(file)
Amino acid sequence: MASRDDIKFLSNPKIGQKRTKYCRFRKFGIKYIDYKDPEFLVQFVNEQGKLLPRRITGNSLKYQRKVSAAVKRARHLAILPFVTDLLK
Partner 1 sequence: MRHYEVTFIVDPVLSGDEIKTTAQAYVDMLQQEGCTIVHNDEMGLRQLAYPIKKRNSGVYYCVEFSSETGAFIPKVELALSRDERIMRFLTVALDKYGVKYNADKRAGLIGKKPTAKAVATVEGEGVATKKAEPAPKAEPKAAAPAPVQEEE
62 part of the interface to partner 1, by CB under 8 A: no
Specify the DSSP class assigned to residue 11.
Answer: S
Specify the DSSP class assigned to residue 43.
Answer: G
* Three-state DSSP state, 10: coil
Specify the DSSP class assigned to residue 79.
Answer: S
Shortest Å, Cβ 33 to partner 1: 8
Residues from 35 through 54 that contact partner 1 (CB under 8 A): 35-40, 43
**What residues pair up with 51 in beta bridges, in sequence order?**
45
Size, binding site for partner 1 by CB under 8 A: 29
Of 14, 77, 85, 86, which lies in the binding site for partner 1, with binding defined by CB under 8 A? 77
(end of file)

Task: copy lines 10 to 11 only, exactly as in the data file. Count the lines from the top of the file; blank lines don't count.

Answer: S
Shortest Å, Cβ 33 to partner 1: 8